The recent outbreaks of SARS and West Nile virus in Canada and last year's bioterrorist attacks in the United States are focusing the attention of public health officials and governments on the potential for future outbreaks of infectious diseases--and just how well equipped the scientific and medical communities are to handle them. The abrupt appearance of these and other infectious diseases, says Singh, only "underlines the fact that the research community must be able to respond to emerging health challenges both in the short term and in the long term. To do this, we need trained investigators of infectious diseases with expertise in basic and clinical research, health services, and the ethical and sociobehavioural issues that affect public policy."

CIHR Training Centres in Infectious Diseases

Principal Investigator

Program Title

Total Award (millions)

James A. Dosman

Public health and the agricultural rural ecosystem ( PHARE), University of Saskatchewan

$1.7

Richard Ellen

Cell signaling in mucosal inflammation & pain, University of Toronto

$1.8

Paul Kubes

A transdisciplinary training program in diseases of immunopathogenesis and inflammation, University of Calgary

$1.6

Francis A. Plummer

International Centre for Infectious Diseases training program, University of Manitoba (see below)

$1.8

Reinhart A. Reithmeier

Structural biology of membrane proteins linked to disease, Hospital for Sick Children (Toronto)

$1.8

Paul H Roy

Résistance aux agents antimicrobiens, Centre hospitalier de l'Université Laval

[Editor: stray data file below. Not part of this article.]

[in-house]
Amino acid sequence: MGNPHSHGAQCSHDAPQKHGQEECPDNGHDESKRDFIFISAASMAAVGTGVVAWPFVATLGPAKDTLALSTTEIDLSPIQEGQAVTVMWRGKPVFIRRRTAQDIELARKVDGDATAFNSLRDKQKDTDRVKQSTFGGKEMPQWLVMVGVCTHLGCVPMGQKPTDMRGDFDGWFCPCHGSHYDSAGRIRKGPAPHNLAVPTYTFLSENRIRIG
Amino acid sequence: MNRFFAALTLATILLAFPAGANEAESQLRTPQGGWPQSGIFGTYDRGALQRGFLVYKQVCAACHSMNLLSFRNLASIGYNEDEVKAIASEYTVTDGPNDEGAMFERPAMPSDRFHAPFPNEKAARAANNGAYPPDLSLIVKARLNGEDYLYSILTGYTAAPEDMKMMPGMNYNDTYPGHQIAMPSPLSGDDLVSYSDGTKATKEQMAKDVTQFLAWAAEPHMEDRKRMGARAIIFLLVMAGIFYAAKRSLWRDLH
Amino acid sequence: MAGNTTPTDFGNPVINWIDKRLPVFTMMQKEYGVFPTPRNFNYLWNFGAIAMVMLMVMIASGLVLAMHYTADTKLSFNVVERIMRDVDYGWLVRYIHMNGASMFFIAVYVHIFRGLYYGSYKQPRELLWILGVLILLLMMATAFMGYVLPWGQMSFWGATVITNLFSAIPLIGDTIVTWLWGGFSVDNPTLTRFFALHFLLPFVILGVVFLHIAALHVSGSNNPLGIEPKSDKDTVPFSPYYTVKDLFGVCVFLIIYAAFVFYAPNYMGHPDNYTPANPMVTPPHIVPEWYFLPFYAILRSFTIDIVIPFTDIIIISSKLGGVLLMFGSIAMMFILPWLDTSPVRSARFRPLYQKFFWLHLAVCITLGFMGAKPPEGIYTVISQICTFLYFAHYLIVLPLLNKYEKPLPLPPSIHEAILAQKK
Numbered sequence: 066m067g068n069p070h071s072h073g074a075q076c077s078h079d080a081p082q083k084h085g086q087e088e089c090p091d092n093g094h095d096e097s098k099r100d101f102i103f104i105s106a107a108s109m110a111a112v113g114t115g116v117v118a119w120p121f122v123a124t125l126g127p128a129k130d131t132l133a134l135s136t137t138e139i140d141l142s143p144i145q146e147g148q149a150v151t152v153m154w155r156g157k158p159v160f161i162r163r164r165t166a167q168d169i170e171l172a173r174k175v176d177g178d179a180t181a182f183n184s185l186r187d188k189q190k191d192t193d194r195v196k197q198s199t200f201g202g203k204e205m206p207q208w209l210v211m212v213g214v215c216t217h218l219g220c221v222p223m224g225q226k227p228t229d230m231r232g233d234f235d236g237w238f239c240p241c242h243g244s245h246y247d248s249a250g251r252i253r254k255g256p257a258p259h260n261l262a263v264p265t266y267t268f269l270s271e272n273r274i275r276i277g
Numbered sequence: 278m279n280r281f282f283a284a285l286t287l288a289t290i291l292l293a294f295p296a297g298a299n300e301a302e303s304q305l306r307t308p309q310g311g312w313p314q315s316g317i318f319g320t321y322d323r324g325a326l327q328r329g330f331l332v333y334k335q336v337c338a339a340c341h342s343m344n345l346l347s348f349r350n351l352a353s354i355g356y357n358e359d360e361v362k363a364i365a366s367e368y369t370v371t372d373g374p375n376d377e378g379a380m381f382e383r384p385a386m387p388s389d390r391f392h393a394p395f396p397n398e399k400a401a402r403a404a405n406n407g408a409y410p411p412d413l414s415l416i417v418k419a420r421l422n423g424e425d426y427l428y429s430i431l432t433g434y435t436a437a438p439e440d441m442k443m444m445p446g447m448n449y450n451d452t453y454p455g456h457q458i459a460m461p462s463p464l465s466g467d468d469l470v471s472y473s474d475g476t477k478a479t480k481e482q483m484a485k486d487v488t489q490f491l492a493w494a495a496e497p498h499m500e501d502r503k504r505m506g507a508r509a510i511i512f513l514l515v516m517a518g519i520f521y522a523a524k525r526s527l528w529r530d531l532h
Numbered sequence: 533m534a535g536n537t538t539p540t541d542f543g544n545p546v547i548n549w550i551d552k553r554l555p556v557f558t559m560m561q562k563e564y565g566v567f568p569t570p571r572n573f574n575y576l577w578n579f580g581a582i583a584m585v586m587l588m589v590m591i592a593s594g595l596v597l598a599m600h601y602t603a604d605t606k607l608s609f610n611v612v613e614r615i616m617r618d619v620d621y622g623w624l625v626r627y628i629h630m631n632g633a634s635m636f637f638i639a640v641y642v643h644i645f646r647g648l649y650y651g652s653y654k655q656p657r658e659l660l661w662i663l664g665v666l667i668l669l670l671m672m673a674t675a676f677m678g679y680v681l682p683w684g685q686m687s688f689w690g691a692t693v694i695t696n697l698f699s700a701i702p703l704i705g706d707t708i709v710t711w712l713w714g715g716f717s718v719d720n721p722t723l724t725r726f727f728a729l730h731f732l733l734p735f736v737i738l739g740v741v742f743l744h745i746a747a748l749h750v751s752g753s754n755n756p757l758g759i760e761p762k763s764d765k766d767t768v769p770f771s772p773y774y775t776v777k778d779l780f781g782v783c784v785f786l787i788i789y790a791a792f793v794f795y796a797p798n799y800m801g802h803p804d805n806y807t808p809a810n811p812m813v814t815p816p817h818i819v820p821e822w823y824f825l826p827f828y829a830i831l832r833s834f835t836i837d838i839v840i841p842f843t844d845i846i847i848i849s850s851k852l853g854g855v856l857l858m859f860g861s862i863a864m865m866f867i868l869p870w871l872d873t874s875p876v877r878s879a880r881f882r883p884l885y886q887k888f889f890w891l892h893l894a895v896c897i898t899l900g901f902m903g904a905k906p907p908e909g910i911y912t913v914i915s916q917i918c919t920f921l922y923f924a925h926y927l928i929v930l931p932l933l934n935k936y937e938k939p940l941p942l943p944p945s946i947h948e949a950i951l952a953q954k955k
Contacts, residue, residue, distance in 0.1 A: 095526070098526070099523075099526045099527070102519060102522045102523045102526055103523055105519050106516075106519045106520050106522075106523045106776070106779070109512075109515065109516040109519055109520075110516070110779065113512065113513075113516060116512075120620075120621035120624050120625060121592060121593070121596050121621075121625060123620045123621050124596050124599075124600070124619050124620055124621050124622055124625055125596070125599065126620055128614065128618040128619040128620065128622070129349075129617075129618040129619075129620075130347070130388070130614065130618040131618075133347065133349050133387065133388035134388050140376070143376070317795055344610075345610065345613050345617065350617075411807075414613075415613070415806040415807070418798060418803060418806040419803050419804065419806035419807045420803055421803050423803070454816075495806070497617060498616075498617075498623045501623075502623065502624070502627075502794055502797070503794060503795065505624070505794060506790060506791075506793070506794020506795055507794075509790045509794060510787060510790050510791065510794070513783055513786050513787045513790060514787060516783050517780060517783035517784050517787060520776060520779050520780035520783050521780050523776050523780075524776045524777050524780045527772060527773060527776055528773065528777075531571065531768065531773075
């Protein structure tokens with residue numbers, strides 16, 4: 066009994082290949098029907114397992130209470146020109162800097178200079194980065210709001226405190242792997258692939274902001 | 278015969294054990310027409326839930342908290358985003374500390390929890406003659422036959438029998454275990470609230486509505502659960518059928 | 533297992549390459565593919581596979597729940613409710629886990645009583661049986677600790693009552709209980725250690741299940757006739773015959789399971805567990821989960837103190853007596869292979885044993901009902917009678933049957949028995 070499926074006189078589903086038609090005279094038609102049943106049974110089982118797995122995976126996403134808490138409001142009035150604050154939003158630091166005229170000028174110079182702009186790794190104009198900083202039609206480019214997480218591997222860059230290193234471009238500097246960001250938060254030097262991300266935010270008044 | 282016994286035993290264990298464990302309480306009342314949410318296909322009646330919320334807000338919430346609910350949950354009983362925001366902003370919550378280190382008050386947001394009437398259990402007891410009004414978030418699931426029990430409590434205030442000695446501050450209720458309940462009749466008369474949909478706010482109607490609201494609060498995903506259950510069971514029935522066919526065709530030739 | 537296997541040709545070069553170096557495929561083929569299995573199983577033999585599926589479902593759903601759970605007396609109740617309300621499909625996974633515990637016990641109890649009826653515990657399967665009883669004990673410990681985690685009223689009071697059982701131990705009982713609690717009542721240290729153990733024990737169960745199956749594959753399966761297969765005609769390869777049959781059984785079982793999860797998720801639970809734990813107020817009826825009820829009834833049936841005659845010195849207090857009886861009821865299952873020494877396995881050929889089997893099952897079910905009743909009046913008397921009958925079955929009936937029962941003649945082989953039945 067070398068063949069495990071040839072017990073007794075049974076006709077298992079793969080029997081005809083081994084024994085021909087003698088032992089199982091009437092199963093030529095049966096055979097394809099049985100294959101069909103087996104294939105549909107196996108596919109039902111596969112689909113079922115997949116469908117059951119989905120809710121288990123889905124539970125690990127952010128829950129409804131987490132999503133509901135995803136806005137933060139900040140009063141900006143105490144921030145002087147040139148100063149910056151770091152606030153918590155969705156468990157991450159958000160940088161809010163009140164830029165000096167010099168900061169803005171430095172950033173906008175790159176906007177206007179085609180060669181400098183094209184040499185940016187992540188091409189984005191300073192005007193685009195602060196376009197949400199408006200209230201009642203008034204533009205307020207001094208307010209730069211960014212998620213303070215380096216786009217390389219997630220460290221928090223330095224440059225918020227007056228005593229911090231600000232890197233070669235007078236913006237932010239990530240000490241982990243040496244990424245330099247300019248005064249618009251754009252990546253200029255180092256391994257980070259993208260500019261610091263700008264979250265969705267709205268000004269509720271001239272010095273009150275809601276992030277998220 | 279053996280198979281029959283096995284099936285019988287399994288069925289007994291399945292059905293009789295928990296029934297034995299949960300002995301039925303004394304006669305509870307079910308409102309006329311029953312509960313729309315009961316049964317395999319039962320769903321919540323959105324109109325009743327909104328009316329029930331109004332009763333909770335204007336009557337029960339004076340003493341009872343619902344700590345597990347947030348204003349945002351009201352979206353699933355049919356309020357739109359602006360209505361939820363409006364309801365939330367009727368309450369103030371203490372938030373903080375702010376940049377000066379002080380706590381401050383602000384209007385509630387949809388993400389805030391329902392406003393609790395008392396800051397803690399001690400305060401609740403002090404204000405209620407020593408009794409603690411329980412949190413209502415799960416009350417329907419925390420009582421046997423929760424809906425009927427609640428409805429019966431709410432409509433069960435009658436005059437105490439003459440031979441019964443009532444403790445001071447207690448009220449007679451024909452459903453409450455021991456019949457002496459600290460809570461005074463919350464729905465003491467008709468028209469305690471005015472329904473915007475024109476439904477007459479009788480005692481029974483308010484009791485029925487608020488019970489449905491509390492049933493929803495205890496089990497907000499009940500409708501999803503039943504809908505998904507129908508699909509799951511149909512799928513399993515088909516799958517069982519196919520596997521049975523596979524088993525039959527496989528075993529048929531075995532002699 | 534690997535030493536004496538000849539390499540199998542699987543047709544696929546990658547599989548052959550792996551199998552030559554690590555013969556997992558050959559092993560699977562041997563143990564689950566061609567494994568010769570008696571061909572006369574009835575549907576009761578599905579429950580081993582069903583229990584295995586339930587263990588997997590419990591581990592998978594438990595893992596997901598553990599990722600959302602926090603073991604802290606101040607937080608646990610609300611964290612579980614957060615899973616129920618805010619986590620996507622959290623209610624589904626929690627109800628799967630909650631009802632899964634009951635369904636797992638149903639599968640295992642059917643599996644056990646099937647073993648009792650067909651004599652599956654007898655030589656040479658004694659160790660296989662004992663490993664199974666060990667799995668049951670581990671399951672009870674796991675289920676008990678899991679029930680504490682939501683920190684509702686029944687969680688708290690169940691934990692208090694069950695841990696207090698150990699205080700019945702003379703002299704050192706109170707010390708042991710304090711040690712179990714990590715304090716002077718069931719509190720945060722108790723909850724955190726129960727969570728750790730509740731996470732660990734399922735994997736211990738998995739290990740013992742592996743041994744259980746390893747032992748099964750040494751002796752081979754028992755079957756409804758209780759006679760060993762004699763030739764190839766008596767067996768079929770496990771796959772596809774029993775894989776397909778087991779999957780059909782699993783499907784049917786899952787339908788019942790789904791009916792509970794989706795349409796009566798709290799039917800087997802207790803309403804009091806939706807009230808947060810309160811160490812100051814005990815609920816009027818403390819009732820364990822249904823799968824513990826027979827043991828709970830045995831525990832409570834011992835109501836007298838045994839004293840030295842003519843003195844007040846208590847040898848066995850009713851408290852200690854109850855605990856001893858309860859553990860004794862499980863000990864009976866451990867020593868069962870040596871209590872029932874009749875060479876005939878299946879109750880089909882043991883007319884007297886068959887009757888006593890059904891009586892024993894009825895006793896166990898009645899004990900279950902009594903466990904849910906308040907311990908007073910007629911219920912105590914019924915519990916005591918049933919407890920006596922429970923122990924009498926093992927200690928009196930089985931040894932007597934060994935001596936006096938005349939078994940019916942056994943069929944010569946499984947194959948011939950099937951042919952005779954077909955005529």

$1.6

Erwin A. Schurr

Training Centre in Integrative Biology of Infectious Diseases and Autoimmunity, McGill University

$1.8

But to make sure that Canada has experts with the skills and resources already in place to deal with emerging threats will require a long-term investment in the research careers and projects of talented researchers working in infectious diseases--a fact that the CIHR is very much aware of, Singh explains. The public profile of SARS and the West Nile virus, he continues, may be reaching the point at which pressure is placed on the government to increase investment in public health measures and in infectious disease research and training.

To its credit, the CIHR's funding response to the scientific threat of SARS was swift and, moreover, the granting council had already shown a strong commitment to training the next generation of infectious disease researchers by establishing seven (soon to be nine) training centres in infectious diseases across Canada (see box above).